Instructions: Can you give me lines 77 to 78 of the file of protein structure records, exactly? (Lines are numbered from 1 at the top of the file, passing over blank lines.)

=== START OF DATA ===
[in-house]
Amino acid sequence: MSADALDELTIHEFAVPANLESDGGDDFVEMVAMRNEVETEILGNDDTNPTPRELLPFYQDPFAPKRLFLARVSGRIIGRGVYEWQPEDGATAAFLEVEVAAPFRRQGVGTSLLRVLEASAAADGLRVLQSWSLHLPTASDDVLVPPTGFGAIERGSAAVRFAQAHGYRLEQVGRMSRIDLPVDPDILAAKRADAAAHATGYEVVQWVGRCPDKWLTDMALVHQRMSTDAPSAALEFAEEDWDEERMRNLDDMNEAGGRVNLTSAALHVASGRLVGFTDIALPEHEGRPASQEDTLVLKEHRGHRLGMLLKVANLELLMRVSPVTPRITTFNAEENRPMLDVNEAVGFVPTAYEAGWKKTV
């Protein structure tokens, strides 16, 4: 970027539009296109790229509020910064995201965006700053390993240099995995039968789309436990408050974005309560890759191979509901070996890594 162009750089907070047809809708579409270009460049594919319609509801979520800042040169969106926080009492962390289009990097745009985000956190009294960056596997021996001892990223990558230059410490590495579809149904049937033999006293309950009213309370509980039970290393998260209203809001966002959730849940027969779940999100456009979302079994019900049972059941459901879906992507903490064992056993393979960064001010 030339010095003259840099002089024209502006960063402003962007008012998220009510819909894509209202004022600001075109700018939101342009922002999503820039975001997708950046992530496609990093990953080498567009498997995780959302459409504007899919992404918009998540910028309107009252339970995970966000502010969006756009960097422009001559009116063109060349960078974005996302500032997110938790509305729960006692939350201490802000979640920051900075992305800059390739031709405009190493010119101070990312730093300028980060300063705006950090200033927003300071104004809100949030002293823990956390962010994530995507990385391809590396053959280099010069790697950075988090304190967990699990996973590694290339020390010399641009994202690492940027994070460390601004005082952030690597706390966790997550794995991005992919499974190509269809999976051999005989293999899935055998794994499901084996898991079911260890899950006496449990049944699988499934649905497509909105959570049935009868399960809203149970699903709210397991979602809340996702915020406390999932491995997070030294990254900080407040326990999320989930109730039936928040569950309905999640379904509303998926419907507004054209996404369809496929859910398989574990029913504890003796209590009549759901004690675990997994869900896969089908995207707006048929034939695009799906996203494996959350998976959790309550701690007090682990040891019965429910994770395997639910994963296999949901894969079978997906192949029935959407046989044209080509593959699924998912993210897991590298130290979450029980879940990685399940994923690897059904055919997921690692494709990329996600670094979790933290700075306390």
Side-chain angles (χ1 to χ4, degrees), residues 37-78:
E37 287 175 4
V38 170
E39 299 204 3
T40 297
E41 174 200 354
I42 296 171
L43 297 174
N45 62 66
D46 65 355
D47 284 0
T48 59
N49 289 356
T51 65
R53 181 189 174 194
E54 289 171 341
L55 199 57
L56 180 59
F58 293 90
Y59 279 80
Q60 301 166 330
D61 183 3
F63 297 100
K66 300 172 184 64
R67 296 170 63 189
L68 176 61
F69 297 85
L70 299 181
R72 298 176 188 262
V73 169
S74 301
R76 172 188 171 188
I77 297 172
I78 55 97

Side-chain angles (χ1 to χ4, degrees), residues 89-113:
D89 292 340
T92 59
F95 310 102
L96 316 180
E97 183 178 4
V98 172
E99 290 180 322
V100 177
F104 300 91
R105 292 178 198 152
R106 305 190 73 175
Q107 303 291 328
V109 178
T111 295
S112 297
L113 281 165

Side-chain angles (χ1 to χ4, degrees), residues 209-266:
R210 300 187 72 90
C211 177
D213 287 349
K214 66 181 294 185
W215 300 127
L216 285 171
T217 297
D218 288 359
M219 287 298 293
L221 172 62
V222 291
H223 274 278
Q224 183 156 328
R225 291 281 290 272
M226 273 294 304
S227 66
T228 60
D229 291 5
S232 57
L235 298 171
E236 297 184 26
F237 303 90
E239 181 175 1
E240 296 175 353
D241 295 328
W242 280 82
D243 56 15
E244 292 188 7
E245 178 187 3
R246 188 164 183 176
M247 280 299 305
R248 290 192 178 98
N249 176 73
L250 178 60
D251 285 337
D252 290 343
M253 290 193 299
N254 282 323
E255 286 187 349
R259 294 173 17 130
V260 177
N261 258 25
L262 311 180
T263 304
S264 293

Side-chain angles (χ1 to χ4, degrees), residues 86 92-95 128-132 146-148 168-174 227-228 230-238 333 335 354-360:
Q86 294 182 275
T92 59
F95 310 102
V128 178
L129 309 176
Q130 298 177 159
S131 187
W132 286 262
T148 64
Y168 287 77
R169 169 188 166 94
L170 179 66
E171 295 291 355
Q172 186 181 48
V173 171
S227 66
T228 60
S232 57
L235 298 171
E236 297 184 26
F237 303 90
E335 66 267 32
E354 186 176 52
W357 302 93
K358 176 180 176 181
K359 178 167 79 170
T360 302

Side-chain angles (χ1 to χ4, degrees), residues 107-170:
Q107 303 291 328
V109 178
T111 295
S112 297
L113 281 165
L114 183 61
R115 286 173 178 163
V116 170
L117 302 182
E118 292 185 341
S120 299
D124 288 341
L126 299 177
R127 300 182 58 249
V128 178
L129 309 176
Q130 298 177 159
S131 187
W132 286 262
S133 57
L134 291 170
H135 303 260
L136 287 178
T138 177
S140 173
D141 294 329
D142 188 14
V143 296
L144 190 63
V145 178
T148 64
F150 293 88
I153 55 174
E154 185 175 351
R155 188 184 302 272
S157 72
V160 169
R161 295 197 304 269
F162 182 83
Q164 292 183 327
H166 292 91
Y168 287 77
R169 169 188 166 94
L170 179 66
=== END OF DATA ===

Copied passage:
F237 303 90
E239 181 175 1